Here are the FAQs that would follow for certain people who still doubted that I was not contagious:

1) “Are you sure you are not contagious?” “Yes I am definitely not contagious I have never actually had TB and I have asked multiple specialists about this.”

2) “How can you not be contagious?” “You had the chicken pox when you were young and it is still in your blood, but you are not contagious now.”

3) “Has Shaun been tested?” Eye roll, “Nope boyfriends are not a special rule for the whole not contagious situation.”

The next stage of questioning would be:

1) “How did you get this?” The truth is I don’t know, but Kenya sounds the coolest so I usually defaulted with, “Probably last summer in Kenya.”

2) “Do you have to take medicine?” “Yes and I can’t drink for four months!” Amazed looks from friends would follow.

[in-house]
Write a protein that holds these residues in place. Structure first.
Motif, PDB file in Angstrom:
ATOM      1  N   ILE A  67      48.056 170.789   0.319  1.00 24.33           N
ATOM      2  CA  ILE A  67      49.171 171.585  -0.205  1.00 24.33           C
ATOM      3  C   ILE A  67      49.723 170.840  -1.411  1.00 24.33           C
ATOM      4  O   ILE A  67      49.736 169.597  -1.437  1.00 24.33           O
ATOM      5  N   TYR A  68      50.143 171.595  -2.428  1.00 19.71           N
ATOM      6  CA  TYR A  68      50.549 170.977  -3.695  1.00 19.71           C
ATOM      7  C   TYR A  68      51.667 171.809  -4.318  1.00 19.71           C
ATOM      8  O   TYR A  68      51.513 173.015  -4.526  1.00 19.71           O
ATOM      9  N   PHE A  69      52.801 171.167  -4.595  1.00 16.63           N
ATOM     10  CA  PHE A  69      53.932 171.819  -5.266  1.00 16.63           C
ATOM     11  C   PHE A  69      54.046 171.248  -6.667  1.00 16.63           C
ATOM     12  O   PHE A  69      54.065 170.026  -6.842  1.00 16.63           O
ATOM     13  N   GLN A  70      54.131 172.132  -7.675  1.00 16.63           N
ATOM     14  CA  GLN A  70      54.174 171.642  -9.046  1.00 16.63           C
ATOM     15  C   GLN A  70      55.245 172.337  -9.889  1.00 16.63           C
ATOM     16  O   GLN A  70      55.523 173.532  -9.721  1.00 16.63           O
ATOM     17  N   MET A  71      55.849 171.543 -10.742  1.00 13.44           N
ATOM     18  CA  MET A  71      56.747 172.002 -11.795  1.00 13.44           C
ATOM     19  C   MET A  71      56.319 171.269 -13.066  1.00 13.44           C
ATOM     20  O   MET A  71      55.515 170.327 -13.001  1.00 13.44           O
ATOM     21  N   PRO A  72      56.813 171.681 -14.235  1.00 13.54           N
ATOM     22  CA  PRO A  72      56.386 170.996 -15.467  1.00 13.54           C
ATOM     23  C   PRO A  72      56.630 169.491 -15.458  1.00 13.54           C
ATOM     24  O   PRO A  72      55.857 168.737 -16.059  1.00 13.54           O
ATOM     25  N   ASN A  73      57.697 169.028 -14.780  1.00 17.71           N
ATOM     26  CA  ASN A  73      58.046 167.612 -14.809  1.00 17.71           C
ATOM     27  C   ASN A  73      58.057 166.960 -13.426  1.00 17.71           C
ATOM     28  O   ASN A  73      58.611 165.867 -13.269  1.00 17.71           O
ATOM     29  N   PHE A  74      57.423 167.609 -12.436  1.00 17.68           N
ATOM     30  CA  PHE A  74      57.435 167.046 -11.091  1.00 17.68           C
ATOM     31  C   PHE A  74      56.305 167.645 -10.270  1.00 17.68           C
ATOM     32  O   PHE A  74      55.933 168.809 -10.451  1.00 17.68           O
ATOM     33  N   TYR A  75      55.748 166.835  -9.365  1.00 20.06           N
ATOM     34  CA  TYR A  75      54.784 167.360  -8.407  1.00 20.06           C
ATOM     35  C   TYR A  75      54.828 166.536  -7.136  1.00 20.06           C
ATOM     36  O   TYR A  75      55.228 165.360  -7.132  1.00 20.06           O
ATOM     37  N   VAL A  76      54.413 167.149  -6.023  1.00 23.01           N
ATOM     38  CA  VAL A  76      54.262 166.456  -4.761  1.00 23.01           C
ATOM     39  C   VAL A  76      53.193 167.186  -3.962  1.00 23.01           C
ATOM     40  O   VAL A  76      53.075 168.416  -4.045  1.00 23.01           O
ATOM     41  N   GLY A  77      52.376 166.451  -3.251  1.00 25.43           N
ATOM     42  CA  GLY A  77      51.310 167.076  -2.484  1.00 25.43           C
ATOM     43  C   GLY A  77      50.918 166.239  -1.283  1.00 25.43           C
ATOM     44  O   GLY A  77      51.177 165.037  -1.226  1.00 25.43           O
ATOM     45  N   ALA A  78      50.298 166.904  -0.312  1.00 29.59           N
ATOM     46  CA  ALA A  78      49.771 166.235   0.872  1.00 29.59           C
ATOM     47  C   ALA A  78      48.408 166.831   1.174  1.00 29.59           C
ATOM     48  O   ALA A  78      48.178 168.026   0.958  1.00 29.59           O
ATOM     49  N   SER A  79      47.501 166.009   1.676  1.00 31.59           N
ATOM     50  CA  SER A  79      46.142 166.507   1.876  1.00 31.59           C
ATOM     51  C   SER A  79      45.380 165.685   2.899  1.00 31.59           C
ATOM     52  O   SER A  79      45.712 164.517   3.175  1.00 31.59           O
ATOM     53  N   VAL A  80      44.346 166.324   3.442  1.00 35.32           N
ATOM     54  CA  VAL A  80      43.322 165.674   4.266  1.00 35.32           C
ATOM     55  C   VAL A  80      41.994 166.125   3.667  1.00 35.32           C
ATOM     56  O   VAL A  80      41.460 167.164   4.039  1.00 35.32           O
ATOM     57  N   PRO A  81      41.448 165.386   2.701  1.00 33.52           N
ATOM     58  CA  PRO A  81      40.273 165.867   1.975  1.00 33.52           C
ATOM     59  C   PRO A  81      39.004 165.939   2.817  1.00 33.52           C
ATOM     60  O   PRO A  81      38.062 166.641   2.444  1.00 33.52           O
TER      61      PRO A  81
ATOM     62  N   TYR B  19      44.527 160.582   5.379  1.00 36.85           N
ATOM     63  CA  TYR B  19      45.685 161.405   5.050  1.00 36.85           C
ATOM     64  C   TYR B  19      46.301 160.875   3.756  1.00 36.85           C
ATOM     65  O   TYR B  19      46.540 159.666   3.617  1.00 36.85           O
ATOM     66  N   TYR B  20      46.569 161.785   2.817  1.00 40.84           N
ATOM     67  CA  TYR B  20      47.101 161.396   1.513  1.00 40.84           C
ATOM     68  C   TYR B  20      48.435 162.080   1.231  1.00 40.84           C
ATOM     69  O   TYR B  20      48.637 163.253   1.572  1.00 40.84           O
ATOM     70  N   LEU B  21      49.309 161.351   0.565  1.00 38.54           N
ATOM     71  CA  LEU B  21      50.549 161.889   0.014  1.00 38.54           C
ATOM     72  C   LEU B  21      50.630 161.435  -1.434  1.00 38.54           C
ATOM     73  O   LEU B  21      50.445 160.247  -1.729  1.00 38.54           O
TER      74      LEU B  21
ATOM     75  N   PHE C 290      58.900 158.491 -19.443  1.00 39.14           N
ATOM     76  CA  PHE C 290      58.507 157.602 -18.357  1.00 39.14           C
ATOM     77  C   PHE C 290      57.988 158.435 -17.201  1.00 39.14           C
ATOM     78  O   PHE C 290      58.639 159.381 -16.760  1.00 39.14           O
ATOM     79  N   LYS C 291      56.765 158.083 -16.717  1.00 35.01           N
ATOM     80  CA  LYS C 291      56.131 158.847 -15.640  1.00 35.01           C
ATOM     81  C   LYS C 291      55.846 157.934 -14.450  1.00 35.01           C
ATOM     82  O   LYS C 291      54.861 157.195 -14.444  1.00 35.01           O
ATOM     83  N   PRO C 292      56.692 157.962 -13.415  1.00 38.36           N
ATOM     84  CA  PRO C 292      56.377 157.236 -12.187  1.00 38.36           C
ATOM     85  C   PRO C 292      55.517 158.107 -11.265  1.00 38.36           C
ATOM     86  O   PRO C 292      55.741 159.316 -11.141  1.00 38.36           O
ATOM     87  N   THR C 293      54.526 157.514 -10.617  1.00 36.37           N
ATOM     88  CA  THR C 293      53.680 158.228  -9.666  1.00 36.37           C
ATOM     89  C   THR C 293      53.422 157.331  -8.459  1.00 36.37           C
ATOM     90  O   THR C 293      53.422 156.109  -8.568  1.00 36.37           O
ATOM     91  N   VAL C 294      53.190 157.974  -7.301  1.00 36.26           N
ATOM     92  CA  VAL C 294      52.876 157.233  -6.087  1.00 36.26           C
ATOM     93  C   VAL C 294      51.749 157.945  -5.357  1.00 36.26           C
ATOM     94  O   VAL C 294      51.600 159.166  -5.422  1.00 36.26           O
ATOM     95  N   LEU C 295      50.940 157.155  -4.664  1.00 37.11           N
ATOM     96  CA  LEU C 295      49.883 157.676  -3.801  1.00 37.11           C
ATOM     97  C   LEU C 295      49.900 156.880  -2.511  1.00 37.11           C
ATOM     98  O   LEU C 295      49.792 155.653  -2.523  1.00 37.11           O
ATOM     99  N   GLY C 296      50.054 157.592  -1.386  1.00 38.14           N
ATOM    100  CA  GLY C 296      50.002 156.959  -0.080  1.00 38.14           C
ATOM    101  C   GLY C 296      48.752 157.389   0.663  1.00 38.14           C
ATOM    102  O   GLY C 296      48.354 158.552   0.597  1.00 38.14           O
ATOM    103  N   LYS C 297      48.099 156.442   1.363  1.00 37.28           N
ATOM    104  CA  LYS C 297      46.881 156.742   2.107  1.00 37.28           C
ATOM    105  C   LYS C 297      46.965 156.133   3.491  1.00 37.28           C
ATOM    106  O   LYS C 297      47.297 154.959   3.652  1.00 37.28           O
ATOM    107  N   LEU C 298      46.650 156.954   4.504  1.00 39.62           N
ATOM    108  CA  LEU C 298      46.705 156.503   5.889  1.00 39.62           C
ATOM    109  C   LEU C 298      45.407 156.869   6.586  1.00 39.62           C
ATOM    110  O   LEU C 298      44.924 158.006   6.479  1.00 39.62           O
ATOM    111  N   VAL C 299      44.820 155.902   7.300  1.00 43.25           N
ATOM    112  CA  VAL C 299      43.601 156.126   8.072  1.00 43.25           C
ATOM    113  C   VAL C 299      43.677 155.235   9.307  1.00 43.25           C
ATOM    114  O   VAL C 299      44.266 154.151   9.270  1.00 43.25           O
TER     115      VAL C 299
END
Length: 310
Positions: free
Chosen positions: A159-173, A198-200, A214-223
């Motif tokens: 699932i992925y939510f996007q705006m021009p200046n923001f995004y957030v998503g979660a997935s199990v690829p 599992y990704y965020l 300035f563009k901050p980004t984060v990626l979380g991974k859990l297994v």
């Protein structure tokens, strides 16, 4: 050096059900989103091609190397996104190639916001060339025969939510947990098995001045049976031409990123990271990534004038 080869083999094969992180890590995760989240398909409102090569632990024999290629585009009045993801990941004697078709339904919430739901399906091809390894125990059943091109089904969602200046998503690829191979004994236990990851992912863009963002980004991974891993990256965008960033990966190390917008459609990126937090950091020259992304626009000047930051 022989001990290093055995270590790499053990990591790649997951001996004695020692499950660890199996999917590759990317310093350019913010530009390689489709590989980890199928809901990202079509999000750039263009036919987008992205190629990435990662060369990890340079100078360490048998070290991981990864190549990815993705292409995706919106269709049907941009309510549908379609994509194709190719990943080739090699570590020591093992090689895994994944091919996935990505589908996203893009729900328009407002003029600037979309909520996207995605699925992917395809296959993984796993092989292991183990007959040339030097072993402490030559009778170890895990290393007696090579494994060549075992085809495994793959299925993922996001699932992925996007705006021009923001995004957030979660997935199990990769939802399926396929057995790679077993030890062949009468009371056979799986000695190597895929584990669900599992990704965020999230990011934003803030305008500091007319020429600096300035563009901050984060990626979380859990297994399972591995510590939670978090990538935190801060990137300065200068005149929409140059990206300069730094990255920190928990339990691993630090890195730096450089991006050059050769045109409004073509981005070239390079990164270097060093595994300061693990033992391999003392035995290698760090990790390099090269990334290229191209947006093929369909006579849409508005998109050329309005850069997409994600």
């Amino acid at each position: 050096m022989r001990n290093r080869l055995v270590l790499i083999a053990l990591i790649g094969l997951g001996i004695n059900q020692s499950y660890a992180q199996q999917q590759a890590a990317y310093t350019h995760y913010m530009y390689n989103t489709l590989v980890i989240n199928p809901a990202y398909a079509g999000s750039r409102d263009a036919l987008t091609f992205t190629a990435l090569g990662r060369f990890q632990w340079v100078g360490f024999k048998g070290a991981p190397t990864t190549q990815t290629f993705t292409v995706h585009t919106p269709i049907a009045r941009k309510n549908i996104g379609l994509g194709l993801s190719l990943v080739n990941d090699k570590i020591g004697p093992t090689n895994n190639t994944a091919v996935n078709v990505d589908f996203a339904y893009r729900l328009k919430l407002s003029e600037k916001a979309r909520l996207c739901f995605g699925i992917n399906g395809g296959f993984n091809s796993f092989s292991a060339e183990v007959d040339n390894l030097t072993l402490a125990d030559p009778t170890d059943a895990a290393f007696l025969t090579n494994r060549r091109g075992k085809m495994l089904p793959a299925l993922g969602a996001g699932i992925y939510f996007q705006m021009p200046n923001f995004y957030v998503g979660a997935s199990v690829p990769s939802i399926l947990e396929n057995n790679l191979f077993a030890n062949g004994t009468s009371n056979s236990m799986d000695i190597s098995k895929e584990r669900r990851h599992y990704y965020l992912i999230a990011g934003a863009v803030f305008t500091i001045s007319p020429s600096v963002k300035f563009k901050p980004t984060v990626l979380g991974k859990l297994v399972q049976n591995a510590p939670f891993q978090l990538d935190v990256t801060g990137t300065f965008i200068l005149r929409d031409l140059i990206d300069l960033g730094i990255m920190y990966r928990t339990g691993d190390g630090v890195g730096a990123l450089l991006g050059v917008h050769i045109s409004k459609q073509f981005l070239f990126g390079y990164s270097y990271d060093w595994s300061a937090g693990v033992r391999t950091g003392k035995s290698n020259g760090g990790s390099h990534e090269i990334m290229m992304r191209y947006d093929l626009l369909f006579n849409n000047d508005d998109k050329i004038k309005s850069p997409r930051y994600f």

Now about what its like to not drink. First of all anyone who thinks it is not hard must not have any trace of social anxiety and I hate them (JK, but really?). Shaun has patiently put up with my whining and sad face before we are going out to dinner or when the hostess innocently suggests we wait at the bar and get a drink.  Like anxiety not drinking is hardest in advance of or at the beginning of an experience, but once I am seated at a dinner or sipping tea at a bar (embarrassing) then it really is not that big of a deal. I have become a mocktail connoisseur and asked several talented bartenders around NYC to make fun drinks for me with no alcohol. This is also an easy way to disguise the fact that I am not drinking for times when I do not feel like explaining the details of latent TB.

In NYC Shaun and I would have probably gone to a bar for a drink at happy hour or had a cocktail with brunch, but instead we replaced drinking with eating. What to do at 5pm on a Friday when we would usually have a drink? How about tacos? (Day one) Or coffee (throughout the day)? Or empanadas? (Day two). To be honest I am not sure which is the healthier habit, but hey I am just trying to get by here.